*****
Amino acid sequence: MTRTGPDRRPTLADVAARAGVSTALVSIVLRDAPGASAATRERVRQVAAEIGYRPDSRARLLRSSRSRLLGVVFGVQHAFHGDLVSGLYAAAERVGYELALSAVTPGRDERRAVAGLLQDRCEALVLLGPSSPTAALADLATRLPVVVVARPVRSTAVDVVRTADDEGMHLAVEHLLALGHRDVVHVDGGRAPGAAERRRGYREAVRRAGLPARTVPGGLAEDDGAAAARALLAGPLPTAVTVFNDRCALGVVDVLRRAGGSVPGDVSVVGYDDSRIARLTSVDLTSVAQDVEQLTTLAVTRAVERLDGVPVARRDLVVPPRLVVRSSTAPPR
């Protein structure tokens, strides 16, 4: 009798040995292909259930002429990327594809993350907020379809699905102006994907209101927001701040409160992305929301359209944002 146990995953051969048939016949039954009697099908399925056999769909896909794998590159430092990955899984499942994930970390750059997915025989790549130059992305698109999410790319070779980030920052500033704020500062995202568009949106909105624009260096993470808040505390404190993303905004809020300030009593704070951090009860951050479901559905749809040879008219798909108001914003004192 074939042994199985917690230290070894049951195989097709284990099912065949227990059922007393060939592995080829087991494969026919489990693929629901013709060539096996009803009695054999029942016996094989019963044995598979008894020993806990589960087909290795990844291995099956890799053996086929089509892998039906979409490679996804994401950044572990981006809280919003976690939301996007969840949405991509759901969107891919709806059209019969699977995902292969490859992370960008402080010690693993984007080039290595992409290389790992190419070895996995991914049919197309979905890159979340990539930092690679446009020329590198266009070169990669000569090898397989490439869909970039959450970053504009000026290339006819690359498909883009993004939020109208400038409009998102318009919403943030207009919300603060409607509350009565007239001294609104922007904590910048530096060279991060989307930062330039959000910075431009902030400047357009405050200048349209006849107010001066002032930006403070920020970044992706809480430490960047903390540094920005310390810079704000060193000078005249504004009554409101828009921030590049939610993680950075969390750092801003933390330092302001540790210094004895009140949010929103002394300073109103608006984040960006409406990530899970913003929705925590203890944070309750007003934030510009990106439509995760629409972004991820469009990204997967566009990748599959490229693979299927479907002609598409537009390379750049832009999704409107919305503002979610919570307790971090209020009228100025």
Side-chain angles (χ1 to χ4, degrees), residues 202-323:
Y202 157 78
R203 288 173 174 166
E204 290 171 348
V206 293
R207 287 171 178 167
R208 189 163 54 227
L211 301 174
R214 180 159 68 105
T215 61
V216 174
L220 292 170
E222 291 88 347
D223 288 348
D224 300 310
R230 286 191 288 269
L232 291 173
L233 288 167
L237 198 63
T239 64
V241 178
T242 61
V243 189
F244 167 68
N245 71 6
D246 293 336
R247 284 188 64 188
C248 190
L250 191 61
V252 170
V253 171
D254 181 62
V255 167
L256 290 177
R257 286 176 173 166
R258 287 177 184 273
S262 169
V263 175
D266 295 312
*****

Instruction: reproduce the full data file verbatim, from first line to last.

Amino acid sequence: MTRTGPDRRPTLADVAARAGVSTALVSIVLRDAPGASAATRERVRQVAAEIGYRPDSRARLLRSSRSRLLGVVFGVQHAFHGDLVSGLYAAAERVGYELALSAVTPGRDERRAVAGLLQDRCEALVLLGPSSPTAALADLATRLPVVVVARPVRSTAVDVVRTADDEGMHLAVEHLLALGHRDVVHVDGGRAPGAAERRRGYREAVRRAGLPARTVPGGLAEDDGAAAARALLAGPLPTAVTVFNDRCALGVVDVLRRAGGSVPGDVSVVGYDDSRIARLTSVDLTSVAQDVEQLTTLAVTRAVERLDGVPVARRDLVVPPRLVVRSSTAPPR
């Protein structure tokens, strides 16, 4: 009798040995292909259930002429990327594809993350907020379809699905102006994907209101927001701040409160992305929301359209944002 146990995953051969048939016949039954009697099908399925056999769909896909794998590159430092990955899984499942994930970390750059997915025989790549130059992305698109999410790319070779980030920052500033704020500062995202568009949106909105624009260096993470808040505390404190993303905004809020300030009593704070951090009860951050479901559905749809040879008219798909108001914003004192 074939042994199985917690230290070894049951195989097709284990099912065949227990059922007393060939592995080829087991494969026919489990693929629901013709060539096996009803009695054999029942016996094989019963044995598979008894020993806990589960087909290795990844291995099956890799053996086929089509892998039906979409490679996804994401950044572990981006809280919003976690939301996007969840949405991509759901969107891919709806059209019969699977995902292969490859992370960008402080010690693993984007080039290595992409290389790992190419070895996995991914049919197309979905890159979340990539930092690679446009020329590198266009070169990669000569090898397989490439869909970039959450970053504009000026290339006819690359498909883009993004939020109208400038409009998102318009919403943030207009919300603060409607509350009565007239001294609104922007904590910048530096060279991060989307930062330039959000910075431009902030400047357009405050200048349209006849107010001066002032930006403070920020970044992706809480430490960047903390540094920005310390810079704000060193000078005249504004009554409101828009921030590049939610993680950075969390750092801003933390330092302001540790210094004895009140949010929103002394300073109103608006984040960006409406990530899970913003929705925590203890944070309750007003934030510009990106439509995760629409972004991820469009990204997967566009990748599959490229693979299927479907002609598409537009390379750049832009999704409107919305503002979610919570307790971090209020009228100025």
Side-chain angles (χ1 to χ4, degrees), residues 202-323:
Y202 157 78
R203 288 173 174 166
E204 290 171 348
V206 293
R207 287 171 178 167
R208 189 163 54 227
L211 301 174
R214 180 159 68 105
T215 61
V216 174
L220 292 170
E222 291 88 347
D223 288 348
D224 300 310
R230 286 191 288 269
L232 291 173
L233 288 167
L237 198 63
T239 64
V241 178
T242 61
V243 189
F244 167 68
N245 71 6
D246 293 336
R247 284 188 64 188
C248 190
L250 191 61
V252 170
V253 171
D254 181 62
V255 167
L256 290 177
R257 286 176 173 166
R258 287 177 184 273
S262 169
V263 175
D266 295 312